Washington, D.C., Austin, TX (March 8, 2016)—In the midst of an election season driven by fiery debate over opportunity, success, and what it means to “win” in America, The Atlantic Media/Pearson Opportunity Poll, released today, reveals that a strong majority of Americans believe they would get better and higher paying jobs if they obtained more skills; but they also see barriers -- mostly financial-- in their way. Despite popular campaign rhetoric, most whites, Hispanics, and Asians broadly rate their opportunities for employment as equal to, or better than, other Americans; only 8% of white respondents believe they have worse access to employment opportunities compared to other groups. African Americans have an opposite view: 55% of those polled believe they have worse access to opportunity than other groups. The Atlantic’s “Next America” project is reporting the results of the poll beginning today with the first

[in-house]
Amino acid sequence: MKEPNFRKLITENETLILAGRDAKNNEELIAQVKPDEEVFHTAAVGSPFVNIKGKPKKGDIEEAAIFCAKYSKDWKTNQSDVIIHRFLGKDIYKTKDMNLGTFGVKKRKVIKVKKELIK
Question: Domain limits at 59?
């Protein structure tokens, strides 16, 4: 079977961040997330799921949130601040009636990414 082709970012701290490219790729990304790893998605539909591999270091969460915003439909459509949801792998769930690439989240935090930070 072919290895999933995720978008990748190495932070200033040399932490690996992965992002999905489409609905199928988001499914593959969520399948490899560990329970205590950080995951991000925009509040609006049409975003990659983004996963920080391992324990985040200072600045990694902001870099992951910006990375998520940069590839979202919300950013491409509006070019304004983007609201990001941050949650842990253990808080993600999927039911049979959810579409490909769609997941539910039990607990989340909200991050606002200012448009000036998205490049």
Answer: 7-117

in a series of articles, "What Do Americans Believe Will Help Them Get Ahead?" Full results will be posted later this morning and further coverage and analysis of the key findings will be published throughout the week.
Among ethnic groups, Hispanics express the most concern about their skill levels, with only 33% feeling they have above-average skills; Asian Americans and African Americans also register more concern than whites. Looking over a ten-year period, a majority of Hispanics (51%) say they are concerned their skills could be obsolete. The poll found that blacks and Hispanics are more likely than whites and Asians to say they could obtain a better job with more education and training.